Forecasts on what people can expect to pay for gas and electricity are predicting bills will increase further this year, putting further pressure on households along with rising fuel and food prices.
And the borough's businesses are also being affected, with costs on the rise and customers having less disposable income to spend.
Nicola Middleton opened The Boardroom cafe on Rochdale Road in Todmorden with her husband Phil in 2019.
She said: "It's pretty tough to be fair, and the main factor where we're really feeling it is electricity bills.
"Because we're a coffee shop we have an awful lot of electricity going through the shop. Our electric bill is more than we pay for rent on the building.
"That in itself is a real challenge for us at the minute, and it's a real shame because it's a nice business, it does well, but things like this put us under strain.
"I also think people aren't spending as much money with us, we've noticed our footfall drop maybe 10, 15 per cent over a week.
"If people are coming in they're probably spending less than they would have previously, so maybe not coming in for lunch but maybe having coffee and a cake.
"We have seen over probably the last two or three months it's gradually got worse and small businesses like ours really feel that small difference."
And Nicola says her business is not alone in feeling the pinch.
"I think it's a common theme, especially in towns like Todmorden where it's either hit and miss, you either get really busy days or there's literally no-one about," she said.
"Businesses are questioning their worth. There's been another cafe that closed down around ten months ago, and they didn't re-open.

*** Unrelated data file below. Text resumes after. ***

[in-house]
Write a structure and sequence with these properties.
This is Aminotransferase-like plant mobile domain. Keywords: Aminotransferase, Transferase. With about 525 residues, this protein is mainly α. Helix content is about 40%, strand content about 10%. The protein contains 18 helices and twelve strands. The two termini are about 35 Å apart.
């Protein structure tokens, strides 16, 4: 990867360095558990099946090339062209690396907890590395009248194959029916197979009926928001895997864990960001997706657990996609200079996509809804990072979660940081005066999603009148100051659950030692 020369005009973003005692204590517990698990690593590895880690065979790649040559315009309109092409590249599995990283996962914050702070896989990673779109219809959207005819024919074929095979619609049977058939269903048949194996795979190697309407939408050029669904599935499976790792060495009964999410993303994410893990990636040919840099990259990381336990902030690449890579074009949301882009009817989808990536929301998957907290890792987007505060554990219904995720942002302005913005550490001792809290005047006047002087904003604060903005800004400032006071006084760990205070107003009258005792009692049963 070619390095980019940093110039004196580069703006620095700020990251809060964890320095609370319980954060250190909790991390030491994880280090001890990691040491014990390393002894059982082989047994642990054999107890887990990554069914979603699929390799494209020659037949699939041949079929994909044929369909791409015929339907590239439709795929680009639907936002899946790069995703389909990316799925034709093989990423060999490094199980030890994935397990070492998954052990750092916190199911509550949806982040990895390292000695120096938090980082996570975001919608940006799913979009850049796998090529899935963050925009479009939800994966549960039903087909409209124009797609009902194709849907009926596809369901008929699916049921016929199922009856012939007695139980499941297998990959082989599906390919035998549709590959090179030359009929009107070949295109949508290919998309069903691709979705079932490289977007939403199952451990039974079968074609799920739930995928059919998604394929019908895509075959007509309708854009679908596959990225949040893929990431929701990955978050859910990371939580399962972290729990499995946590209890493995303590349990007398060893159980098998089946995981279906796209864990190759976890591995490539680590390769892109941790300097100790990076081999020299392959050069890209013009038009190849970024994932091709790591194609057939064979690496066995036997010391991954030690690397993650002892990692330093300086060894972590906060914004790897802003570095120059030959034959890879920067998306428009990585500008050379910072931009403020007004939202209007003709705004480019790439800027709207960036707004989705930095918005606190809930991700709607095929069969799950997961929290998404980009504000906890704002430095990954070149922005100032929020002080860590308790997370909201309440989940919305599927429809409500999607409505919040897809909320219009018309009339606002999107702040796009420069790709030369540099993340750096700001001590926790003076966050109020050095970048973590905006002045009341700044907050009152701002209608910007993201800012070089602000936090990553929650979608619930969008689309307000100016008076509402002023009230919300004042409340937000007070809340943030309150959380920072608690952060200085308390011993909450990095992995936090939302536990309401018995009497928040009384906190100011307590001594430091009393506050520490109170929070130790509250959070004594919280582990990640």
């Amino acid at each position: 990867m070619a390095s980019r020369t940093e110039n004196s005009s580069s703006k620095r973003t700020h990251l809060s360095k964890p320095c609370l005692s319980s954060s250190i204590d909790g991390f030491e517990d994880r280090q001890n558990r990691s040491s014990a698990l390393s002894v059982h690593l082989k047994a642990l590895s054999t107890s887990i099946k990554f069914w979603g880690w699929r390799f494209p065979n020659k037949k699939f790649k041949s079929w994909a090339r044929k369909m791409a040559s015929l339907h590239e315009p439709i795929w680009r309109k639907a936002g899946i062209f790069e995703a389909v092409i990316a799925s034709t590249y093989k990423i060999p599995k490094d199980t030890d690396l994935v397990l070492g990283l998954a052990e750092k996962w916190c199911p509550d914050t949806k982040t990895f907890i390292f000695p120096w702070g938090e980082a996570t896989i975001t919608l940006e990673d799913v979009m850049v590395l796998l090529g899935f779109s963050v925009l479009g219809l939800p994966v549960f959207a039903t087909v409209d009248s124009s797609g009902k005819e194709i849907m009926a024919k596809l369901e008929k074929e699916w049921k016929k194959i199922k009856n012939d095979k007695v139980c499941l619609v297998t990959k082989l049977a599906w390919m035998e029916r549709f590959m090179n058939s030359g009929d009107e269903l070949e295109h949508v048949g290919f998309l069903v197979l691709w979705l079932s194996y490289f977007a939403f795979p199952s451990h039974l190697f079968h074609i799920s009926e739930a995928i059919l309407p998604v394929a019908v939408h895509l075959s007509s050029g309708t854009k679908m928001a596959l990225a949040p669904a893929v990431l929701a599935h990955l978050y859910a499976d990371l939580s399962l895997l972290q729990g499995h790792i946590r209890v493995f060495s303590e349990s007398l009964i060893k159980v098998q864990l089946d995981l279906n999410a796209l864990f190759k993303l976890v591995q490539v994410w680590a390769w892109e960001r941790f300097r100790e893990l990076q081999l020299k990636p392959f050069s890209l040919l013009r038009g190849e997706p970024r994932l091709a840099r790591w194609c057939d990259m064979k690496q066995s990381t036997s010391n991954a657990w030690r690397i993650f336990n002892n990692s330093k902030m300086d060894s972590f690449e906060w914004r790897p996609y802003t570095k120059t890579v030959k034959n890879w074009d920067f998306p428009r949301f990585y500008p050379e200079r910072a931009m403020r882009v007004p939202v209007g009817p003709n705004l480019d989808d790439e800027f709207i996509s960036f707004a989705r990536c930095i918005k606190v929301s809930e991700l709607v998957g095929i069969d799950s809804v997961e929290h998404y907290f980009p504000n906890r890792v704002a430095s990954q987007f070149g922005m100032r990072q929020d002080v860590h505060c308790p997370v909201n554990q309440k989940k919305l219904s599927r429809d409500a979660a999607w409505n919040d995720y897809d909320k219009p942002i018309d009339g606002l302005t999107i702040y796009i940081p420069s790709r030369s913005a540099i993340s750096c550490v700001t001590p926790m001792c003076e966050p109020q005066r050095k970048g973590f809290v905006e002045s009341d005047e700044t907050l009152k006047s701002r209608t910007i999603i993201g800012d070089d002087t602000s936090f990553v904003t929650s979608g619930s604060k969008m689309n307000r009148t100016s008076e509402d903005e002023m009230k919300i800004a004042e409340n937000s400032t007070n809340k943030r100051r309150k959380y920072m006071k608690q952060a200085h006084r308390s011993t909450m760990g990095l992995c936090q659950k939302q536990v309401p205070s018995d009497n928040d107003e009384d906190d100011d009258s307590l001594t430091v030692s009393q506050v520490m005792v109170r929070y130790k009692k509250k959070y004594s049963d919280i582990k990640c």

"There's been a small restaurant in Tod that also re-opened and then shut down, so I think it's fair to say everyone's feeling the pinch.
"Another thing that really hurts Tod is the number of roadworks that go through the valley, it's horrendous.
"Outside our shop, there is constant traffic so people don't come into the town, they just think 'what's the point?' and I don't think the council appreciate how hard it is for small businesses but also the impact this has.
"That's also playing a huge factor. The amount of roadworks we've seen in Todmorden town centre in the last six months has been absolutely ridiculous.
"A lot of our regulars will say 'we won't be in this week because it takes too long to get into town because of the roadworks and there's nowhere to park'.
"So we're losing business that way as well and it just adds to what's going on with the economy."
Nicola believes the cost of living crisis will get worse before it gets better.
"We're looking at different things we can do," she said.
"We can't cut costs but we're looking at maybe doing promotions to make it more attractive for people to come in.
"We're hoping the school holidays will help us as that's normally a really good time for the business.
"We'll just hold on in there and see how it goes but it would be nice for the council to understand how hard it is.
"It's time like this where I think it would be great if they could do something to help us out, otherwise they're going to end up with towns where there's nothing left in my opinion."
Lisa Conner, who owns Fuscia Hair and Beauty in Halifax, says increasing running costs are an issue.
"We were supposed to put our prices up in April but I didn't want to put them up until I knew exactly what was changing," she said.
"Everything has gone up in price but we haven't done anything about it yet.
"But I've really noticed a difference, I'm more aware the bank balance is going down.
"I have been pre-warning people that we will be having a price increase, but they'll say 'oh don't worry about it Lisa, we know things are going up' but I do panic about it because I've always been really fair.
"As long as I can still live, what's the point in charging the world? That's how I see it.
"For some people, having your hair done is something they have to save for and is a present for themselves.